Soldiers killed at the battle of The Somme will be remembered in a full weekend of commemorations in Salford in July – including the world premier of a new, musical tribute.
Around 650 Salford men – most of them in the Salford Pals battalions of the Lancashire Fusiliers – died on the first day of one of Britain’s most brutal battles.
Civic leaders, school children, musicians and the general public will pay tribute to them as part of the national day of commemoration on Friday July 1 – which was once known as Thiepval Day in Salford.
Thiepval today hosts the largest British battle memorial in the world, commemorating the 72,195 missing British and Commonwealth men who fell on the Somme battlefield and have no known grave.
City Mayor Ian Stewart said: “The Somme is remembered as one of the most shocking and tragic battles of World War One. Sixty thousand men died in the first day alone – and the battle raged from July to November, claiming a million lives in total.
“Everyone in Salford would have been affected by this tragic loss of life and it’s fitting that, 100 years later, we still remember and pay tribute to the brave men who fought on that dreadful day.”
The day will begin at 7am with a peal of bells at Sacred Trinity Church, the parish church of the Salford Pals, followed by a memorial service in Fire Station Sq. The Royal Fusiliers Regiment will take part in the service in recognition of the fact that many Salford men went to church with their regiment before heading to the front. A second afternoon service will be held at the church at 3.30pm.
Salford Museum and Art Gallery will be open all day screening the original 1916 record of The Battle of the Somme, courtesy of the Imperial War Museum, alongside a small display. Visitors will be able to handle World War One objects from their collection.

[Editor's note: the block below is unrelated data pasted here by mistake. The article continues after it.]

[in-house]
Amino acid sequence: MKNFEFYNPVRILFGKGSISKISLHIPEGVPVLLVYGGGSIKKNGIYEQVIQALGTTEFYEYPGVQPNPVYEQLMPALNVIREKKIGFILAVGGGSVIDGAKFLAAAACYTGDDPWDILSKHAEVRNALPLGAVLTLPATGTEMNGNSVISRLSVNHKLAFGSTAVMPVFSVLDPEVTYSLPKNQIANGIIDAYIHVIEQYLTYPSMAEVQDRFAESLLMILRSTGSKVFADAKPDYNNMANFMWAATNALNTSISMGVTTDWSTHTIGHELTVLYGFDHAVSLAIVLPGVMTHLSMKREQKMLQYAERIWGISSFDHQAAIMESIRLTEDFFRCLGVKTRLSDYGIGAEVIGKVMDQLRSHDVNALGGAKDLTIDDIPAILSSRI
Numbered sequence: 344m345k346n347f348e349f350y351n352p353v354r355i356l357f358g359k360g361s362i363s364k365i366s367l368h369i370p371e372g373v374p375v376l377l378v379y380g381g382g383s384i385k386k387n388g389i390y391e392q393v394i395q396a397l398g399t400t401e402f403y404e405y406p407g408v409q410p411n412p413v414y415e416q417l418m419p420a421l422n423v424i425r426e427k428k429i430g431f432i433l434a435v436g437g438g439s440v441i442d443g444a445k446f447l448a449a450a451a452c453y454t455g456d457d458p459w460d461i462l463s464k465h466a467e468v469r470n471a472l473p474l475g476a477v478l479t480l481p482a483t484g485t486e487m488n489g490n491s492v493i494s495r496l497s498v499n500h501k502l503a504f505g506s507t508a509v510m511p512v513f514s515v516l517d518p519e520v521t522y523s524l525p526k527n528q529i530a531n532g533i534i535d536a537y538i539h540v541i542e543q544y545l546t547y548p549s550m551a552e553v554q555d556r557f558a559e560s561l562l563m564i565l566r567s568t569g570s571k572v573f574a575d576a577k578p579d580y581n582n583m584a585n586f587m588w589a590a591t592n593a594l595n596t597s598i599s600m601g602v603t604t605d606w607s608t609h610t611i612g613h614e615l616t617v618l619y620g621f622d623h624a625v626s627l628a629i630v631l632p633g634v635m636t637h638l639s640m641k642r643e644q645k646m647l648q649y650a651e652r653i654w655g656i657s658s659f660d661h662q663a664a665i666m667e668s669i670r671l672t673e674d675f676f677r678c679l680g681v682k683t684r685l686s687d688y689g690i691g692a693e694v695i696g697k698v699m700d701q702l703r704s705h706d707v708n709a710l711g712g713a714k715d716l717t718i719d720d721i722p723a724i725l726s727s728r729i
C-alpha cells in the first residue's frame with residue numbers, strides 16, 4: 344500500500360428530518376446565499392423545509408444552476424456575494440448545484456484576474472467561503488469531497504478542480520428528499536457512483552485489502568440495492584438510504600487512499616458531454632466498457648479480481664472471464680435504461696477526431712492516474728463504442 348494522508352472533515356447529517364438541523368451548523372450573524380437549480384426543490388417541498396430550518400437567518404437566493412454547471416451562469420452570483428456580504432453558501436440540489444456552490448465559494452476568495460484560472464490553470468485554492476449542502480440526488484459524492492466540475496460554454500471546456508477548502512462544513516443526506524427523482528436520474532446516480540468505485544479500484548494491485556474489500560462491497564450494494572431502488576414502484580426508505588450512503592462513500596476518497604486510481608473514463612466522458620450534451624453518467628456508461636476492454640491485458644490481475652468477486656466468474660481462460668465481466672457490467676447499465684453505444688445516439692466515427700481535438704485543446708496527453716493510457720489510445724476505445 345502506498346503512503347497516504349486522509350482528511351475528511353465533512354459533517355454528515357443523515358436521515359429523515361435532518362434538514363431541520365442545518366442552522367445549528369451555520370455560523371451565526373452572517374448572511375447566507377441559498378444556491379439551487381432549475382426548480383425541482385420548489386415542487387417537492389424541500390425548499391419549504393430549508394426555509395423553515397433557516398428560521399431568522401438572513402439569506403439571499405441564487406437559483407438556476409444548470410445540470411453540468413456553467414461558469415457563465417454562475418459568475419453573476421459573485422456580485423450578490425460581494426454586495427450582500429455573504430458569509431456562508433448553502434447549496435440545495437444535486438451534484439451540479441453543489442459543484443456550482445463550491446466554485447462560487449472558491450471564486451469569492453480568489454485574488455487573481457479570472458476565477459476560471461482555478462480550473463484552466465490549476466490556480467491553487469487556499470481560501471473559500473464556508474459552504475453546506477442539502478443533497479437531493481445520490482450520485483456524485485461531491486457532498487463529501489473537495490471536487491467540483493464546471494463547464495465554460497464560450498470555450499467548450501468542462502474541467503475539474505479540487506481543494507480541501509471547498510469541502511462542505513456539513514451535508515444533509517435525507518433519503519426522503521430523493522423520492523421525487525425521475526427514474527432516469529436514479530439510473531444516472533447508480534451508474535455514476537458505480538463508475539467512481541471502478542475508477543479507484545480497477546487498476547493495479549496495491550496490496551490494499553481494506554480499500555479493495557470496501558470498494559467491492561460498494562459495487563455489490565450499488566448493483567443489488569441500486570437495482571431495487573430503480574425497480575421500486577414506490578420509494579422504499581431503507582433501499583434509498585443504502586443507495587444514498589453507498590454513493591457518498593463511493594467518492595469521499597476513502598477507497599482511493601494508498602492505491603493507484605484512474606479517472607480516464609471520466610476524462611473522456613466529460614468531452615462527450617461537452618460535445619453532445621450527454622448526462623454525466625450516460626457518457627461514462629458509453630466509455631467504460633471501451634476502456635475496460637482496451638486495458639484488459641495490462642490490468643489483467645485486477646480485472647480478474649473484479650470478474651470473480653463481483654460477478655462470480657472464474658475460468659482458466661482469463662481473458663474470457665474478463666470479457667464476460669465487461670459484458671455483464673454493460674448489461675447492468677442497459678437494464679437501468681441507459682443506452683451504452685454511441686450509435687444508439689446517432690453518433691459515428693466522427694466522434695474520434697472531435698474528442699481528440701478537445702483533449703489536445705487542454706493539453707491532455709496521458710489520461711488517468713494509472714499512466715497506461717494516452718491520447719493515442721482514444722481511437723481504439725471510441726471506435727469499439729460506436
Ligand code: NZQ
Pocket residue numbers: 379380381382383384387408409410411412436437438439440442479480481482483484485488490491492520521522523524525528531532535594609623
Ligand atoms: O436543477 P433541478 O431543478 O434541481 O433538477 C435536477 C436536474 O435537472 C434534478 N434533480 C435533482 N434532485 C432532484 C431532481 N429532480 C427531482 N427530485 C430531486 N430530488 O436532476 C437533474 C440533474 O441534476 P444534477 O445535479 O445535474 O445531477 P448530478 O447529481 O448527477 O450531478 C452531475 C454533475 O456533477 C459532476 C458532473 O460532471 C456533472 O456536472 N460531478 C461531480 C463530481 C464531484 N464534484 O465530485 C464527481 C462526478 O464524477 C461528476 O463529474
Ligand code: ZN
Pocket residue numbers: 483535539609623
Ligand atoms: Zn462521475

Salford City Council will hold a memorial ceremony at the Civic Centre, Swinton at 11am where two wreaths will be laid – one in memory of all the Salford men who died and one in memory of over 200 council workers who fell in the battle.
At 1pm pupils from St Ambrose Barlow, Swinton High and Moorside schools will present a concert of specially composed music, developed with Salford University Professor Stephen Davismoon at 1pm at Peel Hall.
This will be followed by two World War One themed performances from the Honour Choir at the University’s new amphitheatre at their Peel Park campus at 3pm and 5pm. The Honour Choir brought together hundreds of local people to mark the centenary of the outbreak of World War One and has continued to perform since.
The day will close with a special evening concert at Salford University’s Maxwell Hall featuring the BBC Philharmonic Orchestra, the Manchester Chamber choir and soloists. The first half will feature works by UK composers George Butterworth and Cecil Coles who died and Ivor Gurney who was shot and gassed in the Somme battle.
The second half of the concert will feature the world premier of Professor Davismoon’s God’s Own Caught in No Man’s Land, specially composed for the occasion. It will be recorded for broadcast on BBC Radio 3.
Professor Davismoon said: “My work is an aural memorial to the fallen of the Somme particularly the Salford Pals who experienced terrible losses during the battle.
“The work sets real people’s experiences of this tragic era of history to music and it also includes the poetry of Salford-born Winifred Letts, which provides a rarely seen perspective of the First World War from the point of view of the women who were left behind in Britain and who also suffered terribly.”
And on Sunday July 3, the Salford Armed Forces Veterans Network will hold two services – one at St Clement’s Church, Ordsall which houses memorials to those who fell in the Somme and one at the Royal British Legion, Pendleton.